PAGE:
finance

Why the pandemic is pushing city dwellers towards cars


Early in lockdown, I would often go outside and gaze at the sky, freed from its shimmery pollution to reveal an azure blue rarely seen above London. Without car horns and aeroplanes, birdsong could occasionally be heard.

Environmentalists insist that we can find a way to hold on to at least some of those benefits post-Covid-19. But outside my front door sits my first car. Parked with it are any plans to cut my own contribution to pollution.

I’m far from alone. Car dealerships in the UK capital are reporting a new breed of buyer, the 30- or 40-something city dweller opting for vehicle ownership amid fears that public transport has become a no-go zone.

This shift, replicated in cities like New York and increasingly in China, could dent plans for a “green” recovery. Conservative politician Jeremy Hunt this month argued on Twitter that we should use the drop in traffic during the lockdown “to make a permanent change, so that we never go back to the pollution we had before”. Unfortunately, you can barely hear him over the noise of cars streaming past in the video.

As lockdown has eased in the UK, petrol and diesel sales have returned to 82 per cent of pre-crisis levels. Early data from China, the first major economy to largely emerge from the pandemic, suggests resurgent growth in new car sales.

This is good news for car manufacturers, who have seen young professionals in big cities over the last couple of decades show little interest in cars. Tubes, trains and buses are normally quicker; congestion charges, parking fees and insurance soon add up. As millennials and Generation X turned their backs on the suburban dreams of their parents, paying for two tonnes of depreciating metal seemed a waste.

Not everyone in lockdown is going the car route — bike sales have soared. But while pedalling around is great now, it may be less popular in winter.

My own reason for buying a car was less to do with navigating inner London than with getting out of the city. The thought of not being able to safely visit my parents in Scotland nudged me from idly browsing Auto Trader to drawing up spreadsheets of costs. My bank account seemed better prepared to cope without the usual nights in the pub. It became a necessity when my partner and I had to go back and forth to a sick relative outside London while keeping our “bubble” intact.

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I’ve argued before that electric cars will be a game changer, not just for the auto industry but for the oil sector too, probably hastening the onset of peak demand. The UK has over 30,000 charging points, with more than 10,000 added last year, so “range anxiety” should not be an issue. Yet in Covid-19, I hesitated — having to spend 45 minutes at a motorway service station would normally be a mild inconvenience, but how do you kill time when almost everything is shut? What if we had to race to our relative and the car was not charged?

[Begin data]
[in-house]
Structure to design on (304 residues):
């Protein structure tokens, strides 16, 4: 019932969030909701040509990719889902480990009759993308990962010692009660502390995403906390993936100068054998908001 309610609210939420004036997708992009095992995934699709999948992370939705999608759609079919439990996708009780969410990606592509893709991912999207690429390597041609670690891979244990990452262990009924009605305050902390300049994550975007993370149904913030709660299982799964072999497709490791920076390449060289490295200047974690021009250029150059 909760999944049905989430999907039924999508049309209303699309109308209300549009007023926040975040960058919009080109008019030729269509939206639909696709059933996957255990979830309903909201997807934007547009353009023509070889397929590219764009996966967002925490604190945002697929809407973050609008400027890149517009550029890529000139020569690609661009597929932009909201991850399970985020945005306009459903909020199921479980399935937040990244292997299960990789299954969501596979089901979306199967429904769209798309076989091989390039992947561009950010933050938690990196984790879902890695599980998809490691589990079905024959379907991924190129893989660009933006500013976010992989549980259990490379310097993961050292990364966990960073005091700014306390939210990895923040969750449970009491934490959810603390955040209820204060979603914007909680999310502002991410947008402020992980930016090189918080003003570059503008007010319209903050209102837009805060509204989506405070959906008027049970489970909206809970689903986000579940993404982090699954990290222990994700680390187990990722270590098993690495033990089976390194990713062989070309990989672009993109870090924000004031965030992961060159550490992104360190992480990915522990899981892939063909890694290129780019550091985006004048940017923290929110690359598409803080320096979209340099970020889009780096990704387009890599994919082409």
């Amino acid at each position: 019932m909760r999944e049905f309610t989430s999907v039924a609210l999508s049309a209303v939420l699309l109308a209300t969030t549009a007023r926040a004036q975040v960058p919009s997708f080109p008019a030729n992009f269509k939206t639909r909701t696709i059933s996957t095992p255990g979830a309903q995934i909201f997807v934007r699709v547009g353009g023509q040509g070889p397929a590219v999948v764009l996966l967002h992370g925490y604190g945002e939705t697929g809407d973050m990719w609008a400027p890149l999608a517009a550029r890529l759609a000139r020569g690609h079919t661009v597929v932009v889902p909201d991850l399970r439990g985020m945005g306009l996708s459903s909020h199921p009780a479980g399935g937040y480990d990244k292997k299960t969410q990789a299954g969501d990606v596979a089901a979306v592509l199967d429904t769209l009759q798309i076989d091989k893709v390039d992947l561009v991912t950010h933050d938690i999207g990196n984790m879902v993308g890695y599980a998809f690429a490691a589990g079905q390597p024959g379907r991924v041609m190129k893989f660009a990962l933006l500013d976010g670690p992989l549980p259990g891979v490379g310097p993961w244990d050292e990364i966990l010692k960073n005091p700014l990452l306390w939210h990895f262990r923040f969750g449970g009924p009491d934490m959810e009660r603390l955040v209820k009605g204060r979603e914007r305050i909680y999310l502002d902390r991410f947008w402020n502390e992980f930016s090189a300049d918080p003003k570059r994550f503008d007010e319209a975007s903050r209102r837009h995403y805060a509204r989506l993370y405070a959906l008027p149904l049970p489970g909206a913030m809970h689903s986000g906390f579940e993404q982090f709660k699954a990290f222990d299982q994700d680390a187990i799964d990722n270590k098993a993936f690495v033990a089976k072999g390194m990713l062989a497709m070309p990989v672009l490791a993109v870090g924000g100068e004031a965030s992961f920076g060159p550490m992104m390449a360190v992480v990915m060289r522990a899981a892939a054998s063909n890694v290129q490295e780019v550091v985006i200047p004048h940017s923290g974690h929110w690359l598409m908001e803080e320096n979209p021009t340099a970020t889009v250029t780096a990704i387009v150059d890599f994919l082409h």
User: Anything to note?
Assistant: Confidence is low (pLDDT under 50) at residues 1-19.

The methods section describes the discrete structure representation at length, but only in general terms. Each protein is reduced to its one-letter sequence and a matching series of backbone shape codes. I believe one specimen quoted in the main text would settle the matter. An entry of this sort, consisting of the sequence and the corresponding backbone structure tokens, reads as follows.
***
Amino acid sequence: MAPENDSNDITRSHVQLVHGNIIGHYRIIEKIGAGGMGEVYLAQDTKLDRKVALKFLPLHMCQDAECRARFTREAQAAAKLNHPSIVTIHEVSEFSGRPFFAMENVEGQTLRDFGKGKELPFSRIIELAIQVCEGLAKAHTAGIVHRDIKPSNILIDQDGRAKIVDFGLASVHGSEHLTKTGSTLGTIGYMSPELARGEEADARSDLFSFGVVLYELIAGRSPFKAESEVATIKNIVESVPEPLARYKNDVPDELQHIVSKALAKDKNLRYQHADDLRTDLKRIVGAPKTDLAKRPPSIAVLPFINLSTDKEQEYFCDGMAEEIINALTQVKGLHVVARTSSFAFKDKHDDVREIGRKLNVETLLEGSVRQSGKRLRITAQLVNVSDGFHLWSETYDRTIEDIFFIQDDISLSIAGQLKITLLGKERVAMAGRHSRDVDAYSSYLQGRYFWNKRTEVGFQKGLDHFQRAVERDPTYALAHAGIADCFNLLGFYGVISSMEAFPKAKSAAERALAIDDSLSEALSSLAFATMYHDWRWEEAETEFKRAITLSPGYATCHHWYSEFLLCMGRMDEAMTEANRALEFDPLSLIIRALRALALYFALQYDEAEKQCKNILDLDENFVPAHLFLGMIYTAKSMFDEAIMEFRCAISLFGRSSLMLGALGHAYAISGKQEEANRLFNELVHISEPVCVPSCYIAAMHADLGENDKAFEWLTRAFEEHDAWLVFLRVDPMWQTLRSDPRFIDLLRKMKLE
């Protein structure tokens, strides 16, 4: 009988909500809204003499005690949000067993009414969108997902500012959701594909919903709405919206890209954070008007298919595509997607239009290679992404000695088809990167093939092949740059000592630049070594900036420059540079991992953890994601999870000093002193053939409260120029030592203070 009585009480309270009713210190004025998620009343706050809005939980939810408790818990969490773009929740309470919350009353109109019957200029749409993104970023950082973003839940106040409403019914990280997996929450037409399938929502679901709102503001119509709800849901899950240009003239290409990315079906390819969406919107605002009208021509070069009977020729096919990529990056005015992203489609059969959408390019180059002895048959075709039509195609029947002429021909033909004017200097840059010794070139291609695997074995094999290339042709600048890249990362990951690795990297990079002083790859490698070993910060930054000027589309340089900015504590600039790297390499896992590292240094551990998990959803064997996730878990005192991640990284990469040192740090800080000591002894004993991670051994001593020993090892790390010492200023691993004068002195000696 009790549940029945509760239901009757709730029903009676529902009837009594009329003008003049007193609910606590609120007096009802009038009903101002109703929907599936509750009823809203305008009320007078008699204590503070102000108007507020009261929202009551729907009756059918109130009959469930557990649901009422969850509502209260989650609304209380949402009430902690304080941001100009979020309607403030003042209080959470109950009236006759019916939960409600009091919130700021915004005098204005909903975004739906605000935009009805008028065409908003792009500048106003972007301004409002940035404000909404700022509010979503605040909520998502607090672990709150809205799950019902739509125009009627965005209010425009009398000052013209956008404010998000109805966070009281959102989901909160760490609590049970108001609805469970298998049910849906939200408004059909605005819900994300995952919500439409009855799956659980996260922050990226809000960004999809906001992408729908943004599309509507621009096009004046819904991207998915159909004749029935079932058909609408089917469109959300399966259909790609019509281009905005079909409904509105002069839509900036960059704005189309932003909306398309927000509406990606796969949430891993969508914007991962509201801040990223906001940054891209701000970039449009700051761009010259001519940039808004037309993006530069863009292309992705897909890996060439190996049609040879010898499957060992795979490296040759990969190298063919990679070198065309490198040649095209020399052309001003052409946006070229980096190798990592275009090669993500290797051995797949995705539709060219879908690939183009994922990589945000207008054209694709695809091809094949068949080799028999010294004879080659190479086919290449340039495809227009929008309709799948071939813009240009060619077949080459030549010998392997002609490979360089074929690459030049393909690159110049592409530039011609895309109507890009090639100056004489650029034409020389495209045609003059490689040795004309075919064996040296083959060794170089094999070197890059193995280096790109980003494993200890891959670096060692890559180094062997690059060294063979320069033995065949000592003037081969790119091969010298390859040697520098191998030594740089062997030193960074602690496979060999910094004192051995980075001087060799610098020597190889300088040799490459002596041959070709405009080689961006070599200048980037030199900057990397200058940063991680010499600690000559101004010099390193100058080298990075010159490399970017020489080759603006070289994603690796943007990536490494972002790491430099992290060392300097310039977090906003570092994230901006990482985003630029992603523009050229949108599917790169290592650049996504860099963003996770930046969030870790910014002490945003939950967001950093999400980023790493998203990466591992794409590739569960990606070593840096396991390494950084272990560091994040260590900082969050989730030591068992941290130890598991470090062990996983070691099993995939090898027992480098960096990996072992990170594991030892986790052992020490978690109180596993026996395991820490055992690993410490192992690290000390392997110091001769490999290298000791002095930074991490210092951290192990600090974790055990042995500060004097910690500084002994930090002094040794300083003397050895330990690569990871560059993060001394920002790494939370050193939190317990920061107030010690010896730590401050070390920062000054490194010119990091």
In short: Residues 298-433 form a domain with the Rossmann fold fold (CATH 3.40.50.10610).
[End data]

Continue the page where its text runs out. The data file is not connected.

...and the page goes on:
In the end I bought a second-hand plug-in hybrid, that allows electric journeys in town, with a petrol engine for the motorway. This is better than nothing, but the polluting engine does most of the miles.

Graeme Train, an economist at commodity trader Trafigura, said the smart money was still betting that EVs would be among the beneficiaries of the pandemic, with the EU pushing for a green recovery deal. “In Europe there has been a trend for younger people to learn to drive later or to use shared ownership schemes. That’s now looking less attractive, but younger consumers generally still want cleaner cars,” Mr Train said.

For city residents without a garage or driveway, charging can be a problem. My request to Islington council for an on-street charging post was met with a curt “no guarantees . . . and it could take a year”. For now, I have to park directly in front of my house to sling the cable out of the window. This needs constant vigilance to catch the space when it becomes free. No one told me owning a plug-in hybrid would turn me into a curtain-twitching busybody. So much for rejecting suburbia.

But for all its problems, the car is a lifeline, at least until the world and its travel options can return to something approaching normal. Like so much in 2020, I just wish it had never turned out this way.

david.sheppard@ft.com





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